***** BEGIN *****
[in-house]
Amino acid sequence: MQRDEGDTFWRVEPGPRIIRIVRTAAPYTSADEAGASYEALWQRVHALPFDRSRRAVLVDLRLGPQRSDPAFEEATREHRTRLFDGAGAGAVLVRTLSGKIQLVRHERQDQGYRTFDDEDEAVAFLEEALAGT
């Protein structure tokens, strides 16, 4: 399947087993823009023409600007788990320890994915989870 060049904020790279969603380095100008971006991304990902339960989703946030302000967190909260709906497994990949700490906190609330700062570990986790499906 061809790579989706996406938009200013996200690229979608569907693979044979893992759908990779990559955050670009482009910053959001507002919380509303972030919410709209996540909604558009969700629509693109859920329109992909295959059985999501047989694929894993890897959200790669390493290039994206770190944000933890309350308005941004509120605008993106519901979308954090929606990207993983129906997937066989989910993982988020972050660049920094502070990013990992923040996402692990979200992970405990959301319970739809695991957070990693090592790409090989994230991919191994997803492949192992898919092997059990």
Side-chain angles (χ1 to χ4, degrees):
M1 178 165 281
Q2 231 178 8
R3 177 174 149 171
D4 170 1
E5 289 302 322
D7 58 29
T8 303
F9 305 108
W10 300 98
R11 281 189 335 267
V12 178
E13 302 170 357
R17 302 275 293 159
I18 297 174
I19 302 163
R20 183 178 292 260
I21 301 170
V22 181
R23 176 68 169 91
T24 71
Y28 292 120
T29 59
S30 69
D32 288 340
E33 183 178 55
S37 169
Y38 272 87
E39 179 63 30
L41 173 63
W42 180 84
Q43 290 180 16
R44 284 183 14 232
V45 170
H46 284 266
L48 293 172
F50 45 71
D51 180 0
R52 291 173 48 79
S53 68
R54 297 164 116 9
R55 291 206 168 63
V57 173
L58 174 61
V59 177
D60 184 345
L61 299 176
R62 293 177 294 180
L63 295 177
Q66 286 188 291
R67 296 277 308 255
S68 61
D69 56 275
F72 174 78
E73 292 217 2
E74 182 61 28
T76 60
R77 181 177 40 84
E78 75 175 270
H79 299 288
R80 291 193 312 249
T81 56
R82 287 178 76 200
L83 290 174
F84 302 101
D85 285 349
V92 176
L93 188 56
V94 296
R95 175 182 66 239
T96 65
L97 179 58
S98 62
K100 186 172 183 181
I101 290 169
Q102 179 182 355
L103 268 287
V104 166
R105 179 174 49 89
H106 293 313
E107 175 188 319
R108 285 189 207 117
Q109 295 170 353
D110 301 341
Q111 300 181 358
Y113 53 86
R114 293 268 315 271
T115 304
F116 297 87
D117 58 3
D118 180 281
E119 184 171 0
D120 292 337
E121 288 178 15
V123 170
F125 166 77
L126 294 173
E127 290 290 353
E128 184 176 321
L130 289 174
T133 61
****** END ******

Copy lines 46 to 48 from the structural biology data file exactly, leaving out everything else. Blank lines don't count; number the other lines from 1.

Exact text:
V57 173
L58 174 61
V59 177